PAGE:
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AB1047 Towards the Design of a Decision Support Tool for Precise Care for Arthritis
  1. A. Niskar1,
  2. D. Covall1,
  3. Y. Yesha2,
  4. N. Rishe3
  1. 1Arthritis Foundation, Atlanta
  2. 2University of Maryland, Baltimore
  3. 3Fiu & Noa, Miami, United States


Background Decision Support requires the ability to classify individuals into subpopulations that differ in their susceptibility to diseases or their response to a specific treatment. Preventive or therapeutic interventions can then be focused on those who will benefit, sparing expense and side effects for those who will not. Thus, it is the tailoring of medical treatment to the individual characteristics of each patient and their susceptibility to various chronic diseases.

Objectives Big Data analytics will empower physicians at the point of care to diagnose early arthritis stages, choose treatment approaches, decide when to refer to a subspecialist, and mitigate co-morbidities.

Co-morbidity refers to co-occurrence of more than one disease in a person at a time. Examples include Diabetes, Cardiovascular diseases, renal diseases, Arthritis, etc. These diseases can occur by chance or there can be complex pathological associations. These indirect causal factors are only partially understood. It has been observed that the number of hospital admissions, as well as the mortality rate of comorbid patients, is significantly high. Hence, there is a need for early detection of these diseases. The aim of this project is to develop a clinical decision support system to study the clinical and genomic factors responsible for causing these diseases. Based on these findings, educate clinicians about how certain clinical and genomic factors are responsible for causing these diseases.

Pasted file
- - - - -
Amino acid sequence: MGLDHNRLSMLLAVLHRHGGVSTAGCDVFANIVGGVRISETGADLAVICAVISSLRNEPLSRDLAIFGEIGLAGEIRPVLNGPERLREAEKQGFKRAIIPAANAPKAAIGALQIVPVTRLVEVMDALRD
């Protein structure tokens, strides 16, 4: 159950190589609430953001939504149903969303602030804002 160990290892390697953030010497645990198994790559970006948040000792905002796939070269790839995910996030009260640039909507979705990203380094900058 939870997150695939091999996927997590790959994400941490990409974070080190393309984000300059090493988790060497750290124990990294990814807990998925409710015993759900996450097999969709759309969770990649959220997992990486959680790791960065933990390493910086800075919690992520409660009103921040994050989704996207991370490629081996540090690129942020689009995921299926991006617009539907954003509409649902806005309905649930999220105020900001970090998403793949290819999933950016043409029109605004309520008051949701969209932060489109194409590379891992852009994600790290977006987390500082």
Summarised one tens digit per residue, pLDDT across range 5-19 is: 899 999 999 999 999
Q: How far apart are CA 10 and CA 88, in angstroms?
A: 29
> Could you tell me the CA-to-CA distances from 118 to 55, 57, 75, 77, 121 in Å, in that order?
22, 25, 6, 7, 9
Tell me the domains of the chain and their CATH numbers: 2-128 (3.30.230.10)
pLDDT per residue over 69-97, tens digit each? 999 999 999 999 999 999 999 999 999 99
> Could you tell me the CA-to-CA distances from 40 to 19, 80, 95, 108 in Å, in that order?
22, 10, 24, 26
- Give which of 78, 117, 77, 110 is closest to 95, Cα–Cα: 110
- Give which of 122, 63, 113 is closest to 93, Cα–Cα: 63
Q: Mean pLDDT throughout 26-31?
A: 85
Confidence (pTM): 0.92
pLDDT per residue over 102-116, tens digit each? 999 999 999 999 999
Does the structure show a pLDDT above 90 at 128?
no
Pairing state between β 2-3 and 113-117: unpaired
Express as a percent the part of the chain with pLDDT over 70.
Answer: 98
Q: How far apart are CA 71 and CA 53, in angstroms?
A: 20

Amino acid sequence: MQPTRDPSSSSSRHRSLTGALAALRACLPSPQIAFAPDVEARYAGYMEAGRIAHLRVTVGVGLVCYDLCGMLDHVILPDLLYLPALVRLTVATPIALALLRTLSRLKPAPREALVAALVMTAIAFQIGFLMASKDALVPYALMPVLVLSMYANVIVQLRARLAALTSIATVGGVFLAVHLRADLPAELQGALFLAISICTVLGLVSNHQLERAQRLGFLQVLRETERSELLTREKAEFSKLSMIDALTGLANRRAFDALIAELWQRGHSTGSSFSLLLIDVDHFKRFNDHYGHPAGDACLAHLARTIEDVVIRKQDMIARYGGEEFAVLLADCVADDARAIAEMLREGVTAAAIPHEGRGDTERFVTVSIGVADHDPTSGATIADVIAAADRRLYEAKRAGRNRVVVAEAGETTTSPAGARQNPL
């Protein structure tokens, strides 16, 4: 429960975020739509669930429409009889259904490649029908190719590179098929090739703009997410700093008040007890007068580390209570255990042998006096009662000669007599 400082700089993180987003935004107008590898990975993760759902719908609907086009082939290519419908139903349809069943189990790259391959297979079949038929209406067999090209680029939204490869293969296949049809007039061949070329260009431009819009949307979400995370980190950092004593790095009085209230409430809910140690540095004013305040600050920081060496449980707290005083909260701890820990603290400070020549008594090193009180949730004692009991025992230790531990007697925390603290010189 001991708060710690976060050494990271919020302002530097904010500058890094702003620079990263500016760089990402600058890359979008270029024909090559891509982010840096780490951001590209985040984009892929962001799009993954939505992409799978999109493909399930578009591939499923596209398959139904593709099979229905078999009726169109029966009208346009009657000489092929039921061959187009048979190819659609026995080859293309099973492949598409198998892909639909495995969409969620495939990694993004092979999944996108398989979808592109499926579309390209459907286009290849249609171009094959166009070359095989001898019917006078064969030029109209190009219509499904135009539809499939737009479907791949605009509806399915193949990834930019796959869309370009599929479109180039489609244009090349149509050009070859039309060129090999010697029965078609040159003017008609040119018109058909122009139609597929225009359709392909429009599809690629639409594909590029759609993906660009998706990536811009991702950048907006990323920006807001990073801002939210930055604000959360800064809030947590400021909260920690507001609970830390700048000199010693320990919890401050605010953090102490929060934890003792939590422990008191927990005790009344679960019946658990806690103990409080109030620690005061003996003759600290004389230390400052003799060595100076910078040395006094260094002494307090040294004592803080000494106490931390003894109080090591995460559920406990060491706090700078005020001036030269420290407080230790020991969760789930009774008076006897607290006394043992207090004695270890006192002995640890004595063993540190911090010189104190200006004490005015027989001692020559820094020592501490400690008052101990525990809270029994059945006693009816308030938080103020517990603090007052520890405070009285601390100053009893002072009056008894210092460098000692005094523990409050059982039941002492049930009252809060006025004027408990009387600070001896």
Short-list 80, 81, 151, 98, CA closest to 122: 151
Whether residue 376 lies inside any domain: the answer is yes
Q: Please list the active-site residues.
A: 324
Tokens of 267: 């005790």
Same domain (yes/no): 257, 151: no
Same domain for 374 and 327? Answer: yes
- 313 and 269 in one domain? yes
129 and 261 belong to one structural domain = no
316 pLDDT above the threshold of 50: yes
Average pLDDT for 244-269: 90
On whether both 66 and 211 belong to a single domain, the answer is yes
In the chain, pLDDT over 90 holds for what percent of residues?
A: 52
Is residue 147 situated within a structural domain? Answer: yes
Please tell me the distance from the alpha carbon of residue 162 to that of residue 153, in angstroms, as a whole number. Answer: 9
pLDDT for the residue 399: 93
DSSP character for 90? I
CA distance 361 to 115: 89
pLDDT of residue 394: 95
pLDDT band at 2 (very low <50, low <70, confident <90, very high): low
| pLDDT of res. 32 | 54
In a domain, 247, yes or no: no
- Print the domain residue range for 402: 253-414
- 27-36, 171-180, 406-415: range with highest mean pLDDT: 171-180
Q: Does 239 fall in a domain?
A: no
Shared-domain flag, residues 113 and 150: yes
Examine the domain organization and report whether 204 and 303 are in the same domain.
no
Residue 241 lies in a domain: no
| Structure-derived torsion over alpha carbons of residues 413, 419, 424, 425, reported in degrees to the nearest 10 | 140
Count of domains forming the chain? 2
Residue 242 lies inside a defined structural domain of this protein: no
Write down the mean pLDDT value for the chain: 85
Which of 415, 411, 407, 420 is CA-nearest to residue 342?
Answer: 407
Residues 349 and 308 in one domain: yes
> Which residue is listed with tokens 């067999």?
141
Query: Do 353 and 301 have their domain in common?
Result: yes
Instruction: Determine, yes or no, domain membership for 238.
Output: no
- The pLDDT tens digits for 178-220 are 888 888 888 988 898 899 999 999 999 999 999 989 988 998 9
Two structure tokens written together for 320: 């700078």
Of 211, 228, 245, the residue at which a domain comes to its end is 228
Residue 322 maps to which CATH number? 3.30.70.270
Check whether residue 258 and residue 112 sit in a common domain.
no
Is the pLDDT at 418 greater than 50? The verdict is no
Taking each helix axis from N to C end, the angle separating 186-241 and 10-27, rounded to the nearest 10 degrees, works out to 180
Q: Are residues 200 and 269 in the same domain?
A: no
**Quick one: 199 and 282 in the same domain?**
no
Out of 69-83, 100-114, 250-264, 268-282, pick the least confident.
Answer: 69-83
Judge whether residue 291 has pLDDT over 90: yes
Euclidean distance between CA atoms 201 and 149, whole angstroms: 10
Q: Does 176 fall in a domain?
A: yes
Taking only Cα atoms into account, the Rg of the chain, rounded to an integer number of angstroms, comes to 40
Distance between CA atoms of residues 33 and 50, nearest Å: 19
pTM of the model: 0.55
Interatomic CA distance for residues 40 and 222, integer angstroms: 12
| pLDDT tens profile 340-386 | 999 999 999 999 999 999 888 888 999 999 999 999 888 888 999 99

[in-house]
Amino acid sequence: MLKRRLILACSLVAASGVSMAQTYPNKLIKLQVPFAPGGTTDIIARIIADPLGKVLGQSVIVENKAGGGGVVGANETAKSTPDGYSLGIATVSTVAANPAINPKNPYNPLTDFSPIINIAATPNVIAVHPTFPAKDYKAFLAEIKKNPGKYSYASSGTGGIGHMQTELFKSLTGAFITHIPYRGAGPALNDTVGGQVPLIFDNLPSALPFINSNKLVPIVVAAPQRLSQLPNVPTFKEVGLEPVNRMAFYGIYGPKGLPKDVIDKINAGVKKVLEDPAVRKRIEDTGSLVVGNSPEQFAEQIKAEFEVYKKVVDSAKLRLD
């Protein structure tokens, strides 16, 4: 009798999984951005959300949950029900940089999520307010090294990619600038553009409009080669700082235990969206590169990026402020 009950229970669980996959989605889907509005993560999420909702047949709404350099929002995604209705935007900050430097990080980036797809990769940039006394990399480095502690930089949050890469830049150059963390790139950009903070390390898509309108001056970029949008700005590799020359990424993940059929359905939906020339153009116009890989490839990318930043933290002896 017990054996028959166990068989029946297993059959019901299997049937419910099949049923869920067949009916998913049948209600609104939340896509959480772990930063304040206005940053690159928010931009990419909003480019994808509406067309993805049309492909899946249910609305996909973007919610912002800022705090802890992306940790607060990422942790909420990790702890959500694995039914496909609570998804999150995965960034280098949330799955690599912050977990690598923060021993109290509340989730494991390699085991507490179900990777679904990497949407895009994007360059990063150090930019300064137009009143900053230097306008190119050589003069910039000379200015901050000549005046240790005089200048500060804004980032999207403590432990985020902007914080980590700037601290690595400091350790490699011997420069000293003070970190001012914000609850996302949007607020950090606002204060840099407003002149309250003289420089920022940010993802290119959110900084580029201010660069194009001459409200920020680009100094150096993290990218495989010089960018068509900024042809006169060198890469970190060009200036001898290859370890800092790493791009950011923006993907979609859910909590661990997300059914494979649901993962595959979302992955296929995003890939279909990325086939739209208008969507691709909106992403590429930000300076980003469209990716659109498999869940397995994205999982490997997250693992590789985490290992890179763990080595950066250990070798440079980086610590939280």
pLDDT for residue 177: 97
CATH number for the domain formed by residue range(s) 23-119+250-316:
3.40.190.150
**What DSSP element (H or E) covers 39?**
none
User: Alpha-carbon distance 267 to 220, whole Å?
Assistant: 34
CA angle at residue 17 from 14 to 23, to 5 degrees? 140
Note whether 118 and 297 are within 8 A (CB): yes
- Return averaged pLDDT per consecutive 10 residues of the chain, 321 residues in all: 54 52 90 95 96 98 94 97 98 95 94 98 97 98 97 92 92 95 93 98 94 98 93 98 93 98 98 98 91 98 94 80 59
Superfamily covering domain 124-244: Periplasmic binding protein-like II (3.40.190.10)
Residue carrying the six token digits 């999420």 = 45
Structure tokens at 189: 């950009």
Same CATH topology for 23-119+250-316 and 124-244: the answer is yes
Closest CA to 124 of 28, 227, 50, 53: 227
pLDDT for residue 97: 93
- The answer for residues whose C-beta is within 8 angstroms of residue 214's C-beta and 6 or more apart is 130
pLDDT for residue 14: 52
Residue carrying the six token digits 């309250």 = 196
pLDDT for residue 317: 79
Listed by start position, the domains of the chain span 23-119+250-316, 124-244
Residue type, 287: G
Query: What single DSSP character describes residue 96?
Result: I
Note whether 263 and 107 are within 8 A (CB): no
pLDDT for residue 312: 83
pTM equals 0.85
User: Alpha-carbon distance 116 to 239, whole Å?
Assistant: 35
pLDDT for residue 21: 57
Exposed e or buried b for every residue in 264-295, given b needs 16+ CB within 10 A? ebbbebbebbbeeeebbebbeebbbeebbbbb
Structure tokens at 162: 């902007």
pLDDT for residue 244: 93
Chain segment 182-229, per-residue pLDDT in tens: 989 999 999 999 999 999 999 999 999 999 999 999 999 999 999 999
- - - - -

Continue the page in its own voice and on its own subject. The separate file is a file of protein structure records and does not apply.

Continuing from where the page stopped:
Methods Most genetic variations among people is a result of single nucleotide polymorphisms (SNPs), which are differences in a single nucleotide within a stretch of DNA. SNPs can result in the production of different RNA molecules and proteins, thus altering the body's metabolism and physiology. With approximately 10 million SNPs in the human genome, “big data” analytical methods are the most efficient means for discovering which SNPs are associated with a particular disease. Candidate gene studies and genome-wide association studies (GWAS) serve a similar purpose on a much smaller scale, but are infeasible for analyzing large amounts of data.

Results Design and Methodology:

  • a. From a large EMR database extract records of persons with arthritis.

  • b. Obtain information about SNP known to be risk causing from SNPedia, dbSNP.

  • c. Integrate clinical and genomic data to obtain a universal feature vector.

  • d. Perform feature extraction to extract relevant attributes.

  • e. Run data mining algorithms like simple k-means to obtain clusters of patients and study similarity between them.

The application systems interconnection logic is depicted in the diagram.

Conclusions The proposed framework will enable a decision support tool for precision medicine in treatment of persons with arthritis.

Acknowledgements This research has been sponsored by the U.S. Arthritis Foundation.

Disclosure of Interest None declared

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